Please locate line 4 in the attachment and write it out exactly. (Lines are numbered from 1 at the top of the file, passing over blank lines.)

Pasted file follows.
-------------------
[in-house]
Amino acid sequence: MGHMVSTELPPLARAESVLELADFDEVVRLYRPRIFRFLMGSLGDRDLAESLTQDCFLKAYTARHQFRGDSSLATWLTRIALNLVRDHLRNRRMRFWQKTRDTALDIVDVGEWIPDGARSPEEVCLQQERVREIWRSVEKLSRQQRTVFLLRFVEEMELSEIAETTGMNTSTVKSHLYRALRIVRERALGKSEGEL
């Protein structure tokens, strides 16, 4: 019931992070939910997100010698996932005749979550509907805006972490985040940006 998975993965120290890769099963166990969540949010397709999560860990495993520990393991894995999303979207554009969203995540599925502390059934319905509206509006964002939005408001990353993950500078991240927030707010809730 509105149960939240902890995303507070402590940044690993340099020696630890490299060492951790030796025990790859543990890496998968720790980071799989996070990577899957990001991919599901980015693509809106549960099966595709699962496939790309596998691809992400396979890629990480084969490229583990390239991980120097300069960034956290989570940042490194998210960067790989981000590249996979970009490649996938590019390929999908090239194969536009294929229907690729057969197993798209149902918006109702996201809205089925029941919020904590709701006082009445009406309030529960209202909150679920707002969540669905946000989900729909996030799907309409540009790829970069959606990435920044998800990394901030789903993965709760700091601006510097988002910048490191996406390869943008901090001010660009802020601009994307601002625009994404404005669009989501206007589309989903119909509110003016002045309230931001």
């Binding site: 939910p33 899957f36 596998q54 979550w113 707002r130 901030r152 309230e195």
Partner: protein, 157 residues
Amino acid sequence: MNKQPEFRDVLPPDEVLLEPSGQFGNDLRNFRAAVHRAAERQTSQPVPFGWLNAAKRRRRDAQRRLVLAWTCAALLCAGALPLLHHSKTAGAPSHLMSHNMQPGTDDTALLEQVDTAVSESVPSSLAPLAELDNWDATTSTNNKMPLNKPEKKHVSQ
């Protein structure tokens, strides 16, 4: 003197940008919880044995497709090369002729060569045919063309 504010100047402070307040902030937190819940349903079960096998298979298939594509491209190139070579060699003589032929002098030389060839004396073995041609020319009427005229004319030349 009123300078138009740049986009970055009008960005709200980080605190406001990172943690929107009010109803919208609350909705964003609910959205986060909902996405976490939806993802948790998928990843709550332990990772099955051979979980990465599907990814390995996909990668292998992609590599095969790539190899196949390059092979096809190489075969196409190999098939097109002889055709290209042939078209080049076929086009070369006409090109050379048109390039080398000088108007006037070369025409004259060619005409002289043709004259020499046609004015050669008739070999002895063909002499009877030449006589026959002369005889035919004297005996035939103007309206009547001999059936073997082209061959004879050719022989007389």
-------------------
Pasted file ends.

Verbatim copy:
């Binding site: 939910p33 899957f36 596998q54 979550w113 707002r130 901030r152 309230e195």